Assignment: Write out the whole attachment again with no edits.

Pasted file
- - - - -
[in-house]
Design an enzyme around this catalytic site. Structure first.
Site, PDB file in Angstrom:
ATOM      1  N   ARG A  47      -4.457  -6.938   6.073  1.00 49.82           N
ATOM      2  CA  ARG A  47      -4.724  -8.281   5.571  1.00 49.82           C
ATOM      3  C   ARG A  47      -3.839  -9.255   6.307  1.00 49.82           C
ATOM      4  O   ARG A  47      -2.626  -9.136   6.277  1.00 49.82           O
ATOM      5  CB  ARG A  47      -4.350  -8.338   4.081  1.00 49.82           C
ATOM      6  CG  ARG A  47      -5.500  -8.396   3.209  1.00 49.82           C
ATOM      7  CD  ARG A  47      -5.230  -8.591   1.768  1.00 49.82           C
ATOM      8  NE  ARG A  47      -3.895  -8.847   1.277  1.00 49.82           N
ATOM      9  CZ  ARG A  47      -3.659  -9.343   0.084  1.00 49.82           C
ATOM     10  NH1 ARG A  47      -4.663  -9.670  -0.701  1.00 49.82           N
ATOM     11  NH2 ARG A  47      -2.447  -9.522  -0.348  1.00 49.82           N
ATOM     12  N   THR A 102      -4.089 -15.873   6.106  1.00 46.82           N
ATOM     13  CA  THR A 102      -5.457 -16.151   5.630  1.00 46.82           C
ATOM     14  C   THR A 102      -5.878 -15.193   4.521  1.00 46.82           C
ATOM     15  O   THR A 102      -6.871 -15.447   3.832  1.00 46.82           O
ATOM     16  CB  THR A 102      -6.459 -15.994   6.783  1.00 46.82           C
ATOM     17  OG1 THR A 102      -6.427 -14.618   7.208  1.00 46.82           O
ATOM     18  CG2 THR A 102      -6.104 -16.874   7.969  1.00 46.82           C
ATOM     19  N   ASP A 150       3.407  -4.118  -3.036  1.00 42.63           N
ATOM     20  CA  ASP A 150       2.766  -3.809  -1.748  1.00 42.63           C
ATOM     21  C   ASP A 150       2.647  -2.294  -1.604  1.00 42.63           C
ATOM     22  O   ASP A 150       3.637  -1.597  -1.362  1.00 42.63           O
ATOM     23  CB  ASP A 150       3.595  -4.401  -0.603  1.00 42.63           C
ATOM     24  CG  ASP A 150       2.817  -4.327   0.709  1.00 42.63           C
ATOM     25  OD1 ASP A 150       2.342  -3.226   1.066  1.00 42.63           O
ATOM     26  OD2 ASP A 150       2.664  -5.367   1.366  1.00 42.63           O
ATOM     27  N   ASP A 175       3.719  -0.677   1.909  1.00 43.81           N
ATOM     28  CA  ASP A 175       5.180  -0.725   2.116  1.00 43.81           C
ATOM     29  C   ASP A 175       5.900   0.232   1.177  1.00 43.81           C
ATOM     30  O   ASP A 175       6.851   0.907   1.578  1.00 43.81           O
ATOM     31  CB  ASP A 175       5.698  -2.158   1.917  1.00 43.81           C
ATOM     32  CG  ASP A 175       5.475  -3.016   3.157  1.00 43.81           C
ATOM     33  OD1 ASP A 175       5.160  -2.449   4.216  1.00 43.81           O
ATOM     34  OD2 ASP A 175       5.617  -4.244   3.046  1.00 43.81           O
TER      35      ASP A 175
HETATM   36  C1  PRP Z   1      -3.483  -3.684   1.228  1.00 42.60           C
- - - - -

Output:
[in-house]
Design an enzyme around this catalytic site. Structure first.
Site, PDB file in Angstrom:
ATOM      1  N   ARG A  47      -4.457  -6.938   6.073  1.00 49.82           N
ATOM      2  CA  ARG A  47      -4.724  -8.281   5.571  1.00 49.82           C
ATOM      3  C   ARG A  47      -3.839  -9.255   6.307  1.00 49.82           C
ATOM      4  O   ARG A  47      -2.626  -9.136   6.277  1.00 49.82           O
ATOM      5  CB  ARG A  47      -4.350  -8.338   4.081  1.00 49.82           C
ATOM      6  CG  ARG A  47      -5.500  -8.396   3.209  1.00 49.82           C
ATOM      7  CD  ARG A  47      -5.230  -8.591   1.768  1.00 49.82           C
ATOM      8  NE  ARG A  47      -3.895  -8.847   1.277  1.00 49.82           N
ATOM      9  CZ  ARG A  47      -3.659  -9.343   0.084  1.00 49.82           C
ATOM     10  NH1 ARG A  47      -4.663  -9.670  -0.701  1.00 49.82           N
ATOM     11  NH2 ARG A  47      -2.447  -9.522  -0.348  1.00 49.82           N
ATOM     12  N   THR A 102      -4.089 -15.873   6.106  1.00 46.82           N
ATOM     13  CA  THR A 102      -5.457 -16.151   5.630  1.00 46.82           C
ATOM     14  C   THR A 102      -5.878 -15.193   4.521  1.00 46.82           C
ATOM     15  O   THR A 102      -6.871 -15.447   3.832  1.00 46.82           O
ATOM     16  CB  THR A 102      -6.459 -15.994   6.783  1.00 46.82           C
ATOM     17  OG1 THR A 102      -6.427 -14.618   7.208  1.00 46.82           O
ATOM     18  CG2 THR A 102      -6.104 -16.874   7.969  1.00 46.82           C
ATOM     19  N   ASP A 150       3.407  -4.118  -3.036  1.00 42.63           N
ATOM     20  CA  ASP A 150       2.766  -3.809  -1.748  1.00 42.63           C
ATOM     21  C   ASP A 150       2.647  -2.294  -1.604  1.00 42.63           C
ATOM     22  O   ASP A 150       3.637  -1.597  -1.362  1.00 42.63           O
ATOM     23  CB  ASP A 150       3.595  -4.401  -0.603  1.00 42.63           C
ATOM     24  CG  ASP A 150       2.817  -4.327   0.709  1.00 42.63           C
ATOM     25  OD1 ASP A 150       2.342  -3.226   1.066  1.00 42.63           O
ATOM     26  OD2 ASP A 150       2.664  -5.367   1.366  1.00 42.63           O
ATOM     27  N   ASP A 175       3.719  -0.677   1.909  1.00 43.81           N
ATOM     28  CA  ASP A 175       5.180  -0.725   2.116  1.00 43.81           C
ATOM     29  C   ASP A 175       5.900   0.232   1.177  1.00 43.81           C
ATOM     30  O   ASP A 175       6.851   0.907   1.578  1.00 43.81           O
ATOM     31  CB  ASP A 175       5.698  -2.158   1.917  1.00 43.81           C
ATOM     32  CG  ASP A 175       5.475  -3.016   3.157  1.00 43.81           C
ATOM     33  OD1 ASP A 175       5.160  -2.449   4.216  1.00 43.81           O
ATOM     34  OD2 ASP A 175       5.617  -4.244   3.046  1.00 43.81           O
TER      35      ASP A 175
HETATM   36  C1  PRP Z   1      -3.483  -3.684   1.228  1.00 42.60           C